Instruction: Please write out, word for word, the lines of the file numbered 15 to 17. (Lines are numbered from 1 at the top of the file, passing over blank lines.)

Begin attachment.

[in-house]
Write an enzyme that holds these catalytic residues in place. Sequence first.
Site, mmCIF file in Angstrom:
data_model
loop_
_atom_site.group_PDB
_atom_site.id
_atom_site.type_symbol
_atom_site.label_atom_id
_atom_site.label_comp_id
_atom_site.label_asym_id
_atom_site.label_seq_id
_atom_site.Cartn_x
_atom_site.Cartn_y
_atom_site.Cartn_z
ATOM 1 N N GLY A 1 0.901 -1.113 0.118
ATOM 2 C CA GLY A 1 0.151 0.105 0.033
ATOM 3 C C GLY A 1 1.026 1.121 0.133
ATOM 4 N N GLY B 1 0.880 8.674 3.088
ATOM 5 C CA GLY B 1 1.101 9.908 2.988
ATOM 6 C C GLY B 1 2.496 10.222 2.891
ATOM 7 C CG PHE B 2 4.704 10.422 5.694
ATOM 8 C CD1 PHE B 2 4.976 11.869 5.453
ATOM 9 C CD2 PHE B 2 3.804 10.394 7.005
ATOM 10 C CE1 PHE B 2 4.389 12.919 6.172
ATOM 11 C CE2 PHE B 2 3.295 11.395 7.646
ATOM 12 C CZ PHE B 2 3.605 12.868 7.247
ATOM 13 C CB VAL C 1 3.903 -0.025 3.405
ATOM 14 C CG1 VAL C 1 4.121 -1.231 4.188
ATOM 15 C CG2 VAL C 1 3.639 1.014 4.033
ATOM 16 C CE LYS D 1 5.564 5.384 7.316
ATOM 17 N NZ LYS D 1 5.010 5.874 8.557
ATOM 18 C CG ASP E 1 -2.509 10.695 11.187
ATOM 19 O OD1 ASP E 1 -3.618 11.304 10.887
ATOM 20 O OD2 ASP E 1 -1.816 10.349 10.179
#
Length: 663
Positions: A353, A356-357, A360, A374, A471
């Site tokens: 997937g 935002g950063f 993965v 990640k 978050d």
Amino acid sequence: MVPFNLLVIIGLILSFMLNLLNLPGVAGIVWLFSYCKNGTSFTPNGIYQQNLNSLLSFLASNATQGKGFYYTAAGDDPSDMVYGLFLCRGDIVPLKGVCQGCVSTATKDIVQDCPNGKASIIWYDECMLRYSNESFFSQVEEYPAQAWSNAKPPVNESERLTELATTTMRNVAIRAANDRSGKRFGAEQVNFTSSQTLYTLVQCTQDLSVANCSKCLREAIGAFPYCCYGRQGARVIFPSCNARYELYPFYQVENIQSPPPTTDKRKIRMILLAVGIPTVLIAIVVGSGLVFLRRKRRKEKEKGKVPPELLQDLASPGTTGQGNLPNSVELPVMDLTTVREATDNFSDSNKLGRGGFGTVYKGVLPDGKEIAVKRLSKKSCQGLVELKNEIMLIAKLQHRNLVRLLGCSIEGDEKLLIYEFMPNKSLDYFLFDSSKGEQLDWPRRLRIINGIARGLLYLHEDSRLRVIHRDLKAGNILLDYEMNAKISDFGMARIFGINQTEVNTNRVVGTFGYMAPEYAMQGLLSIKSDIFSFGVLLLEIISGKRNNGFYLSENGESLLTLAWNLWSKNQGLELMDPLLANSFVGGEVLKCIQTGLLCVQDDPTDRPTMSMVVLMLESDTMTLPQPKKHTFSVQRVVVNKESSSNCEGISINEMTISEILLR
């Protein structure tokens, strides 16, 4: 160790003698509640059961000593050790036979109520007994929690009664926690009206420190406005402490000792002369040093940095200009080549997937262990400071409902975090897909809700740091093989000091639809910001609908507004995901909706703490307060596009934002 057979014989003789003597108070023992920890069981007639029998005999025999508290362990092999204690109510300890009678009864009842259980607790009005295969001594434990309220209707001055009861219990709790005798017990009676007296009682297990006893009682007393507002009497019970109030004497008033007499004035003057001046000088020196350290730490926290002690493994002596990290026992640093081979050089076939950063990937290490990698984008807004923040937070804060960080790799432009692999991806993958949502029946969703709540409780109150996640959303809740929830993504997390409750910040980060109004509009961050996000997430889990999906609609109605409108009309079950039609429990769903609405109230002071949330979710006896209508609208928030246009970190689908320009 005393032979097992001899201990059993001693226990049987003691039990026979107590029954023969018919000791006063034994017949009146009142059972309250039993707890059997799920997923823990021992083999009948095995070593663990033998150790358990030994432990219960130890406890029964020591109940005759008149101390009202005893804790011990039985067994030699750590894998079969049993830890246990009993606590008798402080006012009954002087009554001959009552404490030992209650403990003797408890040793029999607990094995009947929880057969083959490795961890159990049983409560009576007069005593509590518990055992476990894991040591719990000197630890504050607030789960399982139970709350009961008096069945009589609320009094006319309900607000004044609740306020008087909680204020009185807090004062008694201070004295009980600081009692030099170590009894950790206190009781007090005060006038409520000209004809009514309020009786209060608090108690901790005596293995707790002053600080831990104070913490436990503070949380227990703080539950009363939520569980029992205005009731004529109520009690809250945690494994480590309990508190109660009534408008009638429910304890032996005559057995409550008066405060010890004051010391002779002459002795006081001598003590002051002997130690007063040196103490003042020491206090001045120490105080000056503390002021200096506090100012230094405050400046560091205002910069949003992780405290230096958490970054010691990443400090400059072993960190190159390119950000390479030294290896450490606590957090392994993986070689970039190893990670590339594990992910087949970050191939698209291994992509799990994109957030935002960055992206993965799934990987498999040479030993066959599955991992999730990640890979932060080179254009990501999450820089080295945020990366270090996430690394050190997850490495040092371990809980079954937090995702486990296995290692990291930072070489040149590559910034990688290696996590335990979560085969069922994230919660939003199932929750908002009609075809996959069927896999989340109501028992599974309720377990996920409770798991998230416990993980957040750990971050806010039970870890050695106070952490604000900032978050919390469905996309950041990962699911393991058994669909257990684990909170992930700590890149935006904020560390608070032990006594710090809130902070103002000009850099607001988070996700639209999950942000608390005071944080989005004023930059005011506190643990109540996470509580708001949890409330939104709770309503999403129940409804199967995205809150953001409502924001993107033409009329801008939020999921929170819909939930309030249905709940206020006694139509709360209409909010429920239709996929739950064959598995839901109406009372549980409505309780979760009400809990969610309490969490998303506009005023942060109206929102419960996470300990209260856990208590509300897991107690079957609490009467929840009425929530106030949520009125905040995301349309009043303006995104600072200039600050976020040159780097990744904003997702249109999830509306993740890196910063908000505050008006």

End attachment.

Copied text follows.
_atom_site.Cartn_z
ATOM 1 N N GLY A 1 0.901 -1.113 0.118
ATOM 2 C CA GLY A 1 0.151 0.105 0.033